Infosys Labs ceases to be independent entity
Functions of the three R&D units that were housed in Infosys Labs have been merged with the firm’s delivery side
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Bengaluru: Infosys Labs, which houses three units comprising the research and development (R&D) division of Infosys Ltd, has ceased to be an independent entity with its functions being merged with the company’s delivery side, two company executives familiar with the development said.
This is the first major organizational change at the country’s second largest software exporter since Vishal Sikka took over as its first non-founder chief executive officer (CEO) in August last year.
The 200-strong Centre of Excellence (CoE) under Infosys Labs will report to S. Ravi Kumar, mandated to overlook most delivery-side functions. Savio D’Souza, who until now headed CoE, will report to Ravi Kumar.
The third and the last arm, IP cell, headed by Anindya Sircar, will work with the company’s legal cell, the executives mentioned earlier said.
“These changes are being implemented because we realize we (Infosys Labs) cannot work in a silo and the research undertaken should address real-world solutions,” said an executive privy to the developments. “Under this change, we can unlock value from Infosys Labs and help our clients in addressing their problems.” All these changes are effective 1 April. A spokeswoman for Infosys confirmed the overhaul. “This is being done to enhance the synergy between the work being done at the various centers of excellence and the offerings that we are taking to our clients,” she said. Some experts said the change mirrors the structure at product-focused technology firms such as German software leader SAP SE, Sikka’s former employer.
“This organizational structure is more akin to a product organization,” said Ray Wang, founder of Constellation Research. “It means that Infosys is serious about building IP (intellectual property), productizing delivery, and potentially building reusable platforms that customers can co-create and co-innovate. I believe it is very important these entities be embedded into the delivery side.”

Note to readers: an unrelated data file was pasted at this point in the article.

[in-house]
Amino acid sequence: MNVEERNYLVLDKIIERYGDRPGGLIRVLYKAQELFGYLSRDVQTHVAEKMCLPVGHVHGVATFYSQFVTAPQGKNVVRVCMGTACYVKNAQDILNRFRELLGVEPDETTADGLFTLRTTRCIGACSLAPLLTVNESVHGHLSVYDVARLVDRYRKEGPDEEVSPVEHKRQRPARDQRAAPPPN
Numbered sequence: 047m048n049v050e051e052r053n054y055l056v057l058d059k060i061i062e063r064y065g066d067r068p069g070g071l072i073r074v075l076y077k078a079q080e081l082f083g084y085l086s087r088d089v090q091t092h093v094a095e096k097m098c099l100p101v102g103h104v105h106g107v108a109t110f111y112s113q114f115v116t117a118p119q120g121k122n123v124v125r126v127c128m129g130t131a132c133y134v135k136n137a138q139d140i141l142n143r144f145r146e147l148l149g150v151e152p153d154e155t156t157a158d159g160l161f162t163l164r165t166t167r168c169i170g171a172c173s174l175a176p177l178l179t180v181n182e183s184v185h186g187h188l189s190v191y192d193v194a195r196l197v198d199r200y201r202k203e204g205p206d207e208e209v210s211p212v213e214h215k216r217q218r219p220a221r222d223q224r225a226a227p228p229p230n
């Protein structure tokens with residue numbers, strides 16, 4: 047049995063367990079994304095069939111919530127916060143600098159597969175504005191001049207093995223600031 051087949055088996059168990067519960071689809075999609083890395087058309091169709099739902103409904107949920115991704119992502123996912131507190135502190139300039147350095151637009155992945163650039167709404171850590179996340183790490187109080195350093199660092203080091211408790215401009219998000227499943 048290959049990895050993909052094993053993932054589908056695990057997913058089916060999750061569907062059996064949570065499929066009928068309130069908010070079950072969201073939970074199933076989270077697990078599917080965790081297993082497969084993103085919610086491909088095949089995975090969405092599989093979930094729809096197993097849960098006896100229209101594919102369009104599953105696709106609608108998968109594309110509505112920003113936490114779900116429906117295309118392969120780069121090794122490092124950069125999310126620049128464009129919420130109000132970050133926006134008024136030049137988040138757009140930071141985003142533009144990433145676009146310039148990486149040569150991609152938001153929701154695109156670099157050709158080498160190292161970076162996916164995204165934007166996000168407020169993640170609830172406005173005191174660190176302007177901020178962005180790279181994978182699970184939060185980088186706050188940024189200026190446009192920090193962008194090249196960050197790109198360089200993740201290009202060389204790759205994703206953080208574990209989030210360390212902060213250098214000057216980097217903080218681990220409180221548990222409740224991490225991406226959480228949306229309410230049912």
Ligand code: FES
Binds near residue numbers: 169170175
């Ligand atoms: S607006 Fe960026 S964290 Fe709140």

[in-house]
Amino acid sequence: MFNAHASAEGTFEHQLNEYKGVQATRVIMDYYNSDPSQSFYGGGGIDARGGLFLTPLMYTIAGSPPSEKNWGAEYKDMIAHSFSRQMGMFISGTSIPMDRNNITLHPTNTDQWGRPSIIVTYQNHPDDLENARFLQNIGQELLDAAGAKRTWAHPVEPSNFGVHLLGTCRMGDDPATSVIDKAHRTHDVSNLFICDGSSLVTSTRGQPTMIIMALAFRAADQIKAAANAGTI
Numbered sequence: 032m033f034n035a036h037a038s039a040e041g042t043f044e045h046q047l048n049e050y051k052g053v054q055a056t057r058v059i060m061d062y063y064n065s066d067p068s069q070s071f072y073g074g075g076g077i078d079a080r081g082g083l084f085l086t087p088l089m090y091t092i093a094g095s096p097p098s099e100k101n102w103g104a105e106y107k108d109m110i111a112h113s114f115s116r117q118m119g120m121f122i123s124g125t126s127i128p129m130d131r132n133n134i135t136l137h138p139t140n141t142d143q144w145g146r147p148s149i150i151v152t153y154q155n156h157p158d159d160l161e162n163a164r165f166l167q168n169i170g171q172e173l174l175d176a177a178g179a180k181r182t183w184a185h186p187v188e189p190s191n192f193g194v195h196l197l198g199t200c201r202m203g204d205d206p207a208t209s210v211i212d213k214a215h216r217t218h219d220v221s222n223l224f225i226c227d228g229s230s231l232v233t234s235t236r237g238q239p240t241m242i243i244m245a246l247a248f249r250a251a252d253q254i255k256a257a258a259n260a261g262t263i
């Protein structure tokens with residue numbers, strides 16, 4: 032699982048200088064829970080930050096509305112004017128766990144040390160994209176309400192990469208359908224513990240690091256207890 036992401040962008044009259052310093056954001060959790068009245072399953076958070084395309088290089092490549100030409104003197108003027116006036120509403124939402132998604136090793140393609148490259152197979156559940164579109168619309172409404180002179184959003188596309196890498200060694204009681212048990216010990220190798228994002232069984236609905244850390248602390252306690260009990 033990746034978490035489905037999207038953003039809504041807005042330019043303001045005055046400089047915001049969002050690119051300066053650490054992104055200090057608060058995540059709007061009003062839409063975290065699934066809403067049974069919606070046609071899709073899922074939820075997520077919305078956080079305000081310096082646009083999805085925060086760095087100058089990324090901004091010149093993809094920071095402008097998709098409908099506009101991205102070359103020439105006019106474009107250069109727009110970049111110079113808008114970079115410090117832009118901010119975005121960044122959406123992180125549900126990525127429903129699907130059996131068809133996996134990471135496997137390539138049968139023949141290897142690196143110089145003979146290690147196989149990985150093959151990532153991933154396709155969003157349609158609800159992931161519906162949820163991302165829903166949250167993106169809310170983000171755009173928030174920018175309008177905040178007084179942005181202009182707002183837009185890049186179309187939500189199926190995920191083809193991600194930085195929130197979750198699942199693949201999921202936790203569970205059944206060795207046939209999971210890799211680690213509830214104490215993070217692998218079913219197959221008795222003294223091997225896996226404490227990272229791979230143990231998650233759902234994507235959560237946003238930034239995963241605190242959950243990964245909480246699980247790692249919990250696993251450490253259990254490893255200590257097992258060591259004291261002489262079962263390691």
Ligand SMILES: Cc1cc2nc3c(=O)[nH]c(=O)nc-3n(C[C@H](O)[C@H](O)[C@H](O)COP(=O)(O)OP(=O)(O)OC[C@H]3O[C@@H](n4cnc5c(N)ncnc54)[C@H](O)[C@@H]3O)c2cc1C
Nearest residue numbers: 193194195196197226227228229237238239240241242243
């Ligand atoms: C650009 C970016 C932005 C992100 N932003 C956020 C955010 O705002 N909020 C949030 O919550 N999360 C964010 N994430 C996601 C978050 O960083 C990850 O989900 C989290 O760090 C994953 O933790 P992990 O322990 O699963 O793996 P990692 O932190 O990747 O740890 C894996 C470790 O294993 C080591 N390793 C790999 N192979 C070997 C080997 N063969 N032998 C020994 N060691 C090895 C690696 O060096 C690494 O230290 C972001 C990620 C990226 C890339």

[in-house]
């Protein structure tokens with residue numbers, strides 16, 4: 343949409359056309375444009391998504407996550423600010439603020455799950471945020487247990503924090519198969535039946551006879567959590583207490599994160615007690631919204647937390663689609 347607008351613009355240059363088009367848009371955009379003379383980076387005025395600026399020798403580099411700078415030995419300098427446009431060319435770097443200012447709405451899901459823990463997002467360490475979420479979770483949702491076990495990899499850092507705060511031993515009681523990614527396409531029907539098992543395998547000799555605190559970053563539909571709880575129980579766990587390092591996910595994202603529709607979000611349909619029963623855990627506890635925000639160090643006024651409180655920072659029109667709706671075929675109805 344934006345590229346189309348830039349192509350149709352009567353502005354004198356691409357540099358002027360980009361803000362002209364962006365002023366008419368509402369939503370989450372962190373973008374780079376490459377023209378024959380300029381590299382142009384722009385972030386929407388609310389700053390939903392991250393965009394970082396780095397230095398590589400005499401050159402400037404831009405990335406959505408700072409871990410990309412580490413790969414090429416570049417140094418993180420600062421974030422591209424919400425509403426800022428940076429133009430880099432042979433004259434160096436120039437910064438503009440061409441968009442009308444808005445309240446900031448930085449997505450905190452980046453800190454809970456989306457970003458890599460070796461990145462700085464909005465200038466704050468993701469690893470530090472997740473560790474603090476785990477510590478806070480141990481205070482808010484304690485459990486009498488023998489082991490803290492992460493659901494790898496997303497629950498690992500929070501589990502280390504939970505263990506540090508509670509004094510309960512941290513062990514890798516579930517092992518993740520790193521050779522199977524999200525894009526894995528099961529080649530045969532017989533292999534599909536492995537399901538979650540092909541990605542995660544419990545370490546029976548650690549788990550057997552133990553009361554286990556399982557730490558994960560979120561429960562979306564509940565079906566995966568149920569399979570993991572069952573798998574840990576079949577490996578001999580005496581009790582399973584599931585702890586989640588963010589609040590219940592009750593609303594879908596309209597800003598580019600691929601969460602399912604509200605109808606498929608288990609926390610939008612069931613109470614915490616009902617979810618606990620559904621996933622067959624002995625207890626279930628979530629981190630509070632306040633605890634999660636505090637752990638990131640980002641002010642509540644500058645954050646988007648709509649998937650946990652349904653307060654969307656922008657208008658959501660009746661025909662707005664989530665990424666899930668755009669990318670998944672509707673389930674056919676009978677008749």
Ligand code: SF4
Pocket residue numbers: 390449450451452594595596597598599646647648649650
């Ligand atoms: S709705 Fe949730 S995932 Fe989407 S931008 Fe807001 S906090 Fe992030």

The revamp means Infosys Labs—which was formed as Software Engineering and Technology Labs in 1999—will cease to exist as an independent entity. The R&D arm worked on developing proprietary technologies, including in areas of data visualization and augmented reality, and partnered with institutions such as University of Illinois and the Indian Institute of Technology Bombay.
Over the last few years, Infosys Labs has been fighting “an existential crisis” after its workforce was cut by up to 20% last year, by N.R. Narayana Murthy, who returned in 2013 to steer the company he co-founded. The staff cut led to the exit of its boss Subrahmanyam Goparaju in December 2013.
“The announcement to align R&D directly with delivery units is strategically sound,” said Thomas Reuner, principal IT analyst at Ovum, a London-based research firm. “The biggest advantage could be a faster time to market. But as so often, the proof will be in the pudding: Will Infosys be able to drive through the necessary change management and create a new customer-centric culture.”
A former senior executive of Infosys Labs, who quit in 2013, wondered if the restructuring would help. “We were perceived to be just working in our own space. And so, we were asked to significantly cut down on our manpower. I doubt if this revamp will be helpful. The problem is that you are not hiring good quality people. Till the time you hire people, with more PhDs (doctorates), how can you offer solutions, file patents?” the executive said on condition of anonymity.
However, Wang of Constellation Research said restructuring is something that global outsourcers including IBM Corp. and Accenture Plc, have already done where R&D arms are built into each of the service lines. “This is the fastest way to accelerate the productization of IP from the field and to ensure the ability to improve profit per employee,” he added.
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